The Bronx Is the New Hot Spot for Street Vendor Tickets

The Bronx Is the New Hot Spot for Street Vendor Tickets

A food vendor works on Fordham Road in The Bronx, April 5, 2024. Credit: Alex Krales/THE CITY

By Haidee Chu

For days, street vendor Miguel Varela slept in a storage unit where he keeps his merchandise because he can no longer afford a roof over his head after racking up ticket after ticket in Parkchester in The Bronx. On Fordham Road about three miles away, longtime seller Keba Touré said he’s noticed officers from the Department of Sanitation patrolling the streets more often now than in the years prior — almost daily.

In the year since the sanitation department took over street vendor enforcement from the Department of Consumer and Worker Protection in April 2023, The Bronx has experienced an uptick in vending-related civil summonses like no other borough, an analysis of data from the Office of Administrative Trials and Hearings by THE CITY found.

Vendors in The Bronx received 29% more tickets from sanitation than they had from DCWP in the year prior — even as the number issued citywide decreased by 22%, to 1,587 from 2,042.

No other borough saw an increase: Vendors were slapped with fewer tickets in Manhattan, Brooklyn and Queens while Staten Island’s number was level.

“That very much resonates with what we’ve been hearing,” Carina Kaufman-Gutierrez, deputy director of the non-profit Street Vendor Project, said when presented with the new findings.

In Community District 8  — covering the northwest corner of The Bronx, where the number of tickets issued grew at a faster rate than any other district in the city — the sanitation department doled out 27 tickets since taking over enforcement last April. In the year before that, DCWP had handed out just two tickets.

“I don’t know what changed. I don’t know what made them feel like we’re doing something wrong,” a Kingsbridge vendor, who declined to share their name, told THE CITY when a reporter visited the area, located in Community District 8, last week.

The vendor, an immigrant from Gambia, said they’re at their stand every day, and have witnessed sanitation officials confiscate products on multiple occasions from a fruit vendor in the neighborhood, while asking about their own merchandise every few days.

“They come to my table. Everything correct. They take the picture. And then the next two, three days, they come again,” the vendor said. “The police keep coming to your place, people might think you’re doing something wrong.”

At a neighborhood level, the sharpest increases came in the central Bronx. Vendors in Parkchester, in Community District 9, were hit with 21 tickets, up from one. Those in Allerton, in Community District 11, went from zero tickets under DCWP to 18 under sanitation.

But spikes in these new enforcement hot spots, Kaufman-Gutierrez argues, understate the magnitude of enforcement’s impact, since even vendors who haven’t been slapped with tickets become intimidated, losing days of work, seeking new places to vend or giving up on their trade altogether.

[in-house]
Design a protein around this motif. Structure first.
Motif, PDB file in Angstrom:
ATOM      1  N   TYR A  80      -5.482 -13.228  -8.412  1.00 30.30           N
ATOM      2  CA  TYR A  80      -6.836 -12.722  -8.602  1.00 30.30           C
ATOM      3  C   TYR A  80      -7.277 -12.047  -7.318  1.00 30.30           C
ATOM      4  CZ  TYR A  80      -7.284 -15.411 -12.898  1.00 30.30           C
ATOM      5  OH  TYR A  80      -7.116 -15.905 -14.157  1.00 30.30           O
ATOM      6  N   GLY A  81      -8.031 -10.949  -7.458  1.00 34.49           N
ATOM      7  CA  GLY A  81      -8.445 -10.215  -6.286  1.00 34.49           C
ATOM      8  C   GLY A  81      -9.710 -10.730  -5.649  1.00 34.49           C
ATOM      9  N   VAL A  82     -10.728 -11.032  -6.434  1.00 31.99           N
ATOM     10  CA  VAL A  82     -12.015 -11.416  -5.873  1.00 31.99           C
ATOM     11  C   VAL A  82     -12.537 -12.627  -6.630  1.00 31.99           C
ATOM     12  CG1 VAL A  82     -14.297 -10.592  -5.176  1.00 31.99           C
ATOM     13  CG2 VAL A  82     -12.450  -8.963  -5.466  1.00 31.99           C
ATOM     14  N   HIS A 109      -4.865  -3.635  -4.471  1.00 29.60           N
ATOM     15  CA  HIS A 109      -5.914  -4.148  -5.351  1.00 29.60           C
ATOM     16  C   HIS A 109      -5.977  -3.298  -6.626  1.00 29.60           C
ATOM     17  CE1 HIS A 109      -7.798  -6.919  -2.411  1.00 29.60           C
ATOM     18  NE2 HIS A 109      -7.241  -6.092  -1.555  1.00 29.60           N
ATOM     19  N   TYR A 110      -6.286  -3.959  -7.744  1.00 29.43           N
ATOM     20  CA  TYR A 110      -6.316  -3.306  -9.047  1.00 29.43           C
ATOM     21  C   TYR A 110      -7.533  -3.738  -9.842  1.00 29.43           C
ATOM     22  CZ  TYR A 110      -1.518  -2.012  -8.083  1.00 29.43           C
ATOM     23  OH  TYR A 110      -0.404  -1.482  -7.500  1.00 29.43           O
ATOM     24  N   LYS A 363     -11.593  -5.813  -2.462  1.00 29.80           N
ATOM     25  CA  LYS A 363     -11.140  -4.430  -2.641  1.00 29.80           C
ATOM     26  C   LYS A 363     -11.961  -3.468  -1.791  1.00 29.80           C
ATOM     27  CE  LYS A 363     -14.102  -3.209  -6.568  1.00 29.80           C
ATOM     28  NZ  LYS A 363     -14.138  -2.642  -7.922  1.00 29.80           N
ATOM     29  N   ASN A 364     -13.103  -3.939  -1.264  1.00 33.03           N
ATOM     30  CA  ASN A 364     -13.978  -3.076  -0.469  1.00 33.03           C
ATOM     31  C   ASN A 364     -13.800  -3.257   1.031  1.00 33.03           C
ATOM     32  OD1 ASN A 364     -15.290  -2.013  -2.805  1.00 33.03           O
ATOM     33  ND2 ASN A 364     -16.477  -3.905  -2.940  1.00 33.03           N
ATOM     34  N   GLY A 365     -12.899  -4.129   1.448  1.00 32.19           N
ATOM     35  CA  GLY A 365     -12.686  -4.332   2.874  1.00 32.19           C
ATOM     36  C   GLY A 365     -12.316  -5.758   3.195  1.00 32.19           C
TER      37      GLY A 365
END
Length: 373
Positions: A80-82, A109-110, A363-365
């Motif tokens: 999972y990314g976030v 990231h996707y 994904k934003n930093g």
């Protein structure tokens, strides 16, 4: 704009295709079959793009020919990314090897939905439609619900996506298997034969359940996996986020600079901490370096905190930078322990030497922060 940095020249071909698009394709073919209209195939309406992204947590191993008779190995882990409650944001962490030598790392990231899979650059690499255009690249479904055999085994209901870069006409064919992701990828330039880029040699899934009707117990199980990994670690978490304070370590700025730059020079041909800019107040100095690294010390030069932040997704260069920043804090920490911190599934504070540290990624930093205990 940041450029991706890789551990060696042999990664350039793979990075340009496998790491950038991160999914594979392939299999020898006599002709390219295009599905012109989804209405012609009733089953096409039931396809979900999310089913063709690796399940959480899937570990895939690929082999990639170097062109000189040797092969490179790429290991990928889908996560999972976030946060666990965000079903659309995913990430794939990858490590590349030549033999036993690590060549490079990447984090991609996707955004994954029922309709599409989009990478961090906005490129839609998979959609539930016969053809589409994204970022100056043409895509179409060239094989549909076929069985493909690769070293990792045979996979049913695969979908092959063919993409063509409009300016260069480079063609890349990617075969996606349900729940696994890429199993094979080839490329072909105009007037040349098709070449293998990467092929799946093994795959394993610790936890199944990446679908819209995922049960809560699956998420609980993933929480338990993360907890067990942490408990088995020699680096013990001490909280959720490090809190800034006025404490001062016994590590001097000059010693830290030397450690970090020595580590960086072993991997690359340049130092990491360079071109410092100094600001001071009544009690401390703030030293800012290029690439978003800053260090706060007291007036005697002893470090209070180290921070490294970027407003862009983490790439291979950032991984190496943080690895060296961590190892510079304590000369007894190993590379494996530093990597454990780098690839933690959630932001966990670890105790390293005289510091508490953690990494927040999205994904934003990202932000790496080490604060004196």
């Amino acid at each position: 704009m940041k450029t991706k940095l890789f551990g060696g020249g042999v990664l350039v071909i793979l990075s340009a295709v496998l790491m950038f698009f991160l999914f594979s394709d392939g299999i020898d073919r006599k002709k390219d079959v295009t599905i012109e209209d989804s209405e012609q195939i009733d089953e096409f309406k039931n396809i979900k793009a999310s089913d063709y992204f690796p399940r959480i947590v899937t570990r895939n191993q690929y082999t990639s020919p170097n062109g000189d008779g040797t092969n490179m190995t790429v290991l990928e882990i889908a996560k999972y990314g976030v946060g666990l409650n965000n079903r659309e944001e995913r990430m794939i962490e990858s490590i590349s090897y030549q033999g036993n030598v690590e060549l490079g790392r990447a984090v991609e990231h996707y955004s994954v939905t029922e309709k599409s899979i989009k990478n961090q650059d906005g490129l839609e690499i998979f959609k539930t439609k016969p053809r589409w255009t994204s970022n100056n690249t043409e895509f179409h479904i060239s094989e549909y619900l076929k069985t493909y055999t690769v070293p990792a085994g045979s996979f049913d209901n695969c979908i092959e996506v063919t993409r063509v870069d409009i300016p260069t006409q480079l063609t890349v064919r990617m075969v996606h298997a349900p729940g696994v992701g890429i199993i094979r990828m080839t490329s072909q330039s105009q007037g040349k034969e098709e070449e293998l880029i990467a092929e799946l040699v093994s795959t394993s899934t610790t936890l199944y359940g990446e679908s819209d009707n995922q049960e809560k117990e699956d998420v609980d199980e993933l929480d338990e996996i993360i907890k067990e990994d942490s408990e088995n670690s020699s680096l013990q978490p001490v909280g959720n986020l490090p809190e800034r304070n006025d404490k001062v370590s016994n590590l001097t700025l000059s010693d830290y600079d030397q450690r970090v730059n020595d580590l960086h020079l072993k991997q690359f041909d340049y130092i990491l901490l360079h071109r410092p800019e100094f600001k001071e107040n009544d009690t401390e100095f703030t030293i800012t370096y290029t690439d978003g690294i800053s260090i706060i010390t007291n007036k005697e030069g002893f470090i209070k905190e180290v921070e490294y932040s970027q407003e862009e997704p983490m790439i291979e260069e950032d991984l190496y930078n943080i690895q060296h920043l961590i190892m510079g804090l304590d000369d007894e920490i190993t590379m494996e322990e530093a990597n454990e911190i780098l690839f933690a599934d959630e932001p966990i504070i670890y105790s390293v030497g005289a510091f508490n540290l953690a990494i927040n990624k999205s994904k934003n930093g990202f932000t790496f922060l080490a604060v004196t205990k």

“Sometimes DSNY will go and they just give one ticket, but that means every other vendor in the neighborhood has basically seen someone else getting a ticket and picked up and left,” Kaufman-Gutierrez said. “There’s usually one person who kind of pays the price for the rest of the people working.”

‘I Couldn’t Work’

Joshua Goodman, a spokesperson for the Department of Sanitation, said the department has maintained a “warnings-first approach” to enforcement while focusing “strongly on enforcing the rules on cleanliness and quality of life” since Mayor Eric Adams charged it with taking the lead role on street vendor enforcement last April.

“Our enforcement is focused on situations where vending has created dirty conditions, safety issues, where items are left out at night, and setups that block curbs, subway entrances, bus stops, sidewalks or store entrances, and is largely driven by communities themselves through 311, BID, Council Member, and community board complaints,” Goodman told THE CITY, noting that more than 18,000 vending-related calls to 311 were directed to the department since it took over, compared to 739 to DCWP and the health department, which issues food vendor licenses, in the year prior.

Street vendors sell fresh produce on Fordham Road in The Bronx.
Street vendors sell fresh produce on Fordham Road in The Bronx, April 5, 2024. Credit: Alex Krales/THE CITY

The department’s crackdown throughout The Bronx is a welcome change to some local business associations in the borough. Albert Dalipi, a deputy director at the Fordham Road Business Improvement District, for example, told the Daily News that the BID was happy “for the enforcement to finally be happening” after a sanitation sweep last year on the busy commercial strip, where he said unlicensed vendors have crowded sidewalks, created trash and dumping problems, and detracted from brick-and-mortar businesses.